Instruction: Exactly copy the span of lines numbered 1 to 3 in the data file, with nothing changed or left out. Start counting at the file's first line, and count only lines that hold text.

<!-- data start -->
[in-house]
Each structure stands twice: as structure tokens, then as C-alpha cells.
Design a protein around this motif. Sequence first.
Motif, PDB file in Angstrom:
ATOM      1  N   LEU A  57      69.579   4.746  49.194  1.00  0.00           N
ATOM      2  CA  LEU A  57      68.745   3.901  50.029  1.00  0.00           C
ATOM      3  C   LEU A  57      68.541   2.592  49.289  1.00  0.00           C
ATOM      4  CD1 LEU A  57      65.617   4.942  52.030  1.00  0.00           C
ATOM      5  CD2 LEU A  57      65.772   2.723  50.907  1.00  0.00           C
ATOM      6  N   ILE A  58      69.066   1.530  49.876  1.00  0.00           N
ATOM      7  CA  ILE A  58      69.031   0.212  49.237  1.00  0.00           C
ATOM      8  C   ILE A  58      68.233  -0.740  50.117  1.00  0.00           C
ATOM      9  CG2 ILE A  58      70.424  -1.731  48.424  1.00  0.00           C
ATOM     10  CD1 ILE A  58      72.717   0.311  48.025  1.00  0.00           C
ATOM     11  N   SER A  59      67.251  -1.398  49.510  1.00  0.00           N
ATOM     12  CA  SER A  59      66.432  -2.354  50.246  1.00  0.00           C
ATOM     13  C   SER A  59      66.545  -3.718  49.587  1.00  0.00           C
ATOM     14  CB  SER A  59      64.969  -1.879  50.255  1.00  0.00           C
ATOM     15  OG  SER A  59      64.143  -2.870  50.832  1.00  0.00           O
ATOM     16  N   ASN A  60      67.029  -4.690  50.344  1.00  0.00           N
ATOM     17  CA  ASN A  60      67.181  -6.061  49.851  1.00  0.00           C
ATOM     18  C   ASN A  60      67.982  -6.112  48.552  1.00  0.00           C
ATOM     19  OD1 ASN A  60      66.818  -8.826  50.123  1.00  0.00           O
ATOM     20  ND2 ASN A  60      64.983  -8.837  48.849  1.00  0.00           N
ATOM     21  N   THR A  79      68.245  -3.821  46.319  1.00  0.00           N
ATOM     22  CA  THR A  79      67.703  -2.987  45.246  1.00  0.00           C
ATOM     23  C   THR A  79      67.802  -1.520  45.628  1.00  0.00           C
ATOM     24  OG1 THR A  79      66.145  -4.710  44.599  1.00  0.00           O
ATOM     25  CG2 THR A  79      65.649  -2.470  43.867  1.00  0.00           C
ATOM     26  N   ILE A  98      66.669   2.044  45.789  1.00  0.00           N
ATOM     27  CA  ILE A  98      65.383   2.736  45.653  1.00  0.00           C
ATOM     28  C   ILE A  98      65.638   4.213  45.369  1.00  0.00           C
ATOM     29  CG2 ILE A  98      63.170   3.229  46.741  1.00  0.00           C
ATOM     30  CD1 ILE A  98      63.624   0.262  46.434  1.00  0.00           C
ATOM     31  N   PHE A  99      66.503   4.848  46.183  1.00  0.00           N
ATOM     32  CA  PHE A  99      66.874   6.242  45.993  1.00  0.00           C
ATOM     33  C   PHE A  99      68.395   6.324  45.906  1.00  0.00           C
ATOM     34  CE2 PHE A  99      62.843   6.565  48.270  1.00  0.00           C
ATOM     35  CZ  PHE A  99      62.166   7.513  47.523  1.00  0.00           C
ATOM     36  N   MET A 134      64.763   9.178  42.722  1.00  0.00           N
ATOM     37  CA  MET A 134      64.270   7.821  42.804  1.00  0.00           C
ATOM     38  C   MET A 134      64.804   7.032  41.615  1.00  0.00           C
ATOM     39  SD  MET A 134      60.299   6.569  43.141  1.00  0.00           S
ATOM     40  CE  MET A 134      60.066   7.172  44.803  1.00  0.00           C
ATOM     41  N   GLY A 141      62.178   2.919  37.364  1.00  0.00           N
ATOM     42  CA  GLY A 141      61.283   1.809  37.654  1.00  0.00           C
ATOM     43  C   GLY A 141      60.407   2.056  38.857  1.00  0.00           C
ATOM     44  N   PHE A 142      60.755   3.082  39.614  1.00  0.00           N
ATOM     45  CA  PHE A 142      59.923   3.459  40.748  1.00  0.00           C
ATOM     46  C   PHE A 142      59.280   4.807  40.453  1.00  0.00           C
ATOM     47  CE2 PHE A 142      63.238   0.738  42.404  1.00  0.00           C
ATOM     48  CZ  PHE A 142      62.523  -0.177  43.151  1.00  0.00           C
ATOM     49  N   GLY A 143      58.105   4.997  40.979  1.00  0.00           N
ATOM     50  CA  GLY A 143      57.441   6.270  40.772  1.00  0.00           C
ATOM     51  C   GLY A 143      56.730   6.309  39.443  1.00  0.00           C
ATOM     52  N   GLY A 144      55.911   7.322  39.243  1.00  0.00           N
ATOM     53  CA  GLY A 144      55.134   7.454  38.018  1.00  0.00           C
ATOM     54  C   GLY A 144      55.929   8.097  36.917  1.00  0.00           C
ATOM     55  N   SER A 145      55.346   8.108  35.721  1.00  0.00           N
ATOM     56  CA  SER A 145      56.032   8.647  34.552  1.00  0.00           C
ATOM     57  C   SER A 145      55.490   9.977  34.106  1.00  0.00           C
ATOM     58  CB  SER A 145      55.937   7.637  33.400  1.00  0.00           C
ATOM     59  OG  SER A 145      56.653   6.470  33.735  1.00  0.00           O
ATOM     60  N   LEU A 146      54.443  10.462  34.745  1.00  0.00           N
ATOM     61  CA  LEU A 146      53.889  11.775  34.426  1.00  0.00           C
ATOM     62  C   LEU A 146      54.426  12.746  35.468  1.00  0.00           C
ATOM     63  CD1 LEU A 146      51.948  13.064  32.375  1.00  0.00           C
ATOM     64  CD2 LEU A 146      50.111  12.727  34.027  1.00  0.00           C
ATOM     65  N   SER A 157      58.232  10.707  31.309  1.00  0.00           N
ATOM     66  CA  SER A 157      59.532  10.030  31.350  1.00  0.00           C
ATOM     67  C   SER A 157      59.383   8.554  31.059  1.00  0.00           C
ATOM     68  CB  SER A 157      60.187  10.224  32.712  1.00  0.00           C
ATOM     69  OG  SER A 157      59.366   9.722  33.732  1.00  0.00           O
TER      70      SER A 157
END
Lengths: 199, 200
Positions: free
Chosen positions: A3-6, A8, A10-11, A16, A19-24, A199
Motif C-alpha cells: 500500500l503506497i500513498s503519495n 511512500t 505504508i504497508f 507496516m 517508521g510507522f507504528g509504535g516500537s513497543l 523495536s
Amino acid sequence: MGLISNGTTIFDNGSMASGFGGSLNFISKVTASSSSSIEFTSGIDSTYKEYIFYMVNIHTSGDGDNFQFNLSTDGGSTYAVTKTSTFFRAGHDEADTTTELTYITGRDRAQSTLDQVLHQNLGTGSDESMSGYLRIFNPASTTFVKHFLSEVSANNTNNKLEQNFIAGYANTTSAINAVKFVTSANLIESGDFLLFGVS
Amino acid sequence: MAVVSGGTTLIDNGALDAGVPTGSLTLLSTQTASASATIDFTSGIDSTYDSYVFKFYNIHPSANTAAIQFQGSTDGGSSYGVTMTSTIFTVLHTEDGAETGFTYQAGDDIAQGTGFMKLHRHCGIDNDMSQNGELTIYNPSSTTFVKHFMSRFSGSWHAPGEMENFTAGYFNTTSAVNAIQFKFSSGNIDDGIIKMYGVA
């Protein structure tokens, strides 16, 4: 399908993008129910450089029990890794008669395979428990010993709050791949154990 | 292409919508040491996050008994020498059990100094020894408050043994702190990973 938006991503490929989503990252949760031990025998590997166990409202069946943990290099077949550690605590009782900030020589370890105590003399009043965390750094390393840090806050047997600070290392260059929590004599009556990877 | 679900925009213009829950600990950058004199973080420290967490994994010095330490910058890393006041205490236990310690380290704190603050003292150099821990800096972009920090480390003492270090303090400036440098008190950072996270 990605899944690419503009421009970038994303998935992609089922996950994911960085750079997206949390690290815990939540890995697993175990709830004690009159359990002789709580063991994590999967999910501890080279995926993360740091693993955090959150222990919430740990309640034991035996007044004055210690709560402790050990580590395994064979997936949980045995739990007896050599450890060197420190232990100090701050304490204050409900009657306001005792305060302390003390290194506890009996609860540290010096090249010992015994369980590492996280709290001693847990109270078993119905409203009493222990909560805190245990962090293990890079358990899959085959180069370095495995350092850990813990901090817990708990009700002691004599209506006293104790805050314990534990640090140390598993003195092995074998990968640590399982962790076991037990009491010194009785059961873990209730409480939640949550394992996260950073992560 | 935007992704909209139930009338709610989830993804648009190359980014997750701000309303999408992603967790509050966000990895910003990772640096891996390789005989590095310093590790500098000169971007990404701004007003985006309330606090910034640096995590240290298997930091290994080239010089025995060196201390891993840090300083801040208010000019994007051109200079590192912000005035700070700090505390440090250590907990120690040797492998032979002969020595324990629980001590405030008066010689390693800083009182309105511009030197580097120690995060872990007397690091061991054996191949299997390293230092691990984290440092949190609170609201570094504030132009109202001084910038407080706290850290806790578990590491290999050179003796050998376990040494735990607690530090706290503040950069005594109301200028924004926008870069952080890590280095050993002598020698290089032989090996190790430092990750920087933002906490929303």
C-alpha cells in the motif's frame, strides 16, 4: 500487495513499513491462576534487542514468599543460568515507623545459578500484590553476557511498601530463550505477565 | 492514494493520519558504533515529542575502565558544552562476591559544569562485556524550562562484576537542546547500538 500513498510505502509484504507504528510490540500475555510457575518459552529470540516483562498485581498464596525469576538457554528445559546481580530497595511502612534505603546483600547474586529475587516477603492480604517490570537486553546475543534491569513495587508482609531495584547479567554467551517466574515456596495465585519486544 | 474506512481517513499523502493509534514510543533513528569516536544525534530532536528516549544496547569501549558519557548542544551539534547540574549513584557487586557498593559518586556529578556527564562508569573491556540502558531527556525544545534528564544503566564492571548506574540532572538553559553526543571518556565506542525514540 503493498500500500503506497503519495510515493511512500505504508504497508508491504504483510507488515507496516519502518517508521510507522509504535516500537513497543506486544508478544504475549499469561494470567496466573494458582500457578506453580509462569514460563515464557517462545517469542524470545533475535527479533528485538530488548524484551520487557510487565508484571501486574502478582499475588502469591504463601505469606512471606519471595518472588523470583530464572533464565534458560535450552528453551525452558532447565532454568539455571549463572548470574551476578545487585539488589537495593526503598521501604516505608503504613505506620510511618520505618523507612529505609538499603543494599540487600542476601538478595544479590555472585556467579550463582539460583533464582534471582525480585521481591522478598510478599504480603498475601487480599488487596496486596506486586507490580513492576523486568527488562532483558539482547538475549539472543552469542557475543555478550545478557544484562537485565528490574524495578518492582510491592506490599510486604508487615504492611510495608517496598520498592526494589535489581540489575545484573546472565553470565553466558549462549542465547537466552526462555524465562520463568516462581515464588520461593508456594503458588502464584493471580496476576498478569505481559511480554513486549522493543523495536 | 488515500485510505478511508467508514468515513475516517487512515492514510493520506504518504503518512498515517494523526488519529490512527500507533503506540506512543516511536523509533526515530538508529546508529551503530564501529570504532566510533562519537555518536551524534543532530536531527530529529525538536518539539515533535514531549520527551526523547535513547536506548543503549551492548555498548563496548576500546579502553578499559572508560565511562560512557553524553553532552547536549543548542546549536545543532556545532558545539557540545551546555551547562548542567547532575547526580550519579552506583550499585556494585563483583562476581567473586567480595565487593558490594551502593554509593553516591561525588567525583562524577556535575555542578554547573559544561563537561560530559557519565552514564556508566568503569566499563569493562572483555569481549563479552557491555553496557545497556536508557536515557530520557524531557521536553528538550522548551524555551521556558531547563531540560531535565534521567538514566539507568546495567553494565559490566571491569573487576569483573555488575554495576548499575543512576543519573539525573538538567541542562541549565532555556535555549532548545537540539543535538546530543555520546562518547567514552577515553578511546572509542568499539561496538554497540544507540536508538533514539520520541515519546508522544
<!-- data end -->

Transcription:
[in-house]
Each structure stands twice: as structure tokens, then as C-alpha cells.
Design a protein around this motif. Sequence first.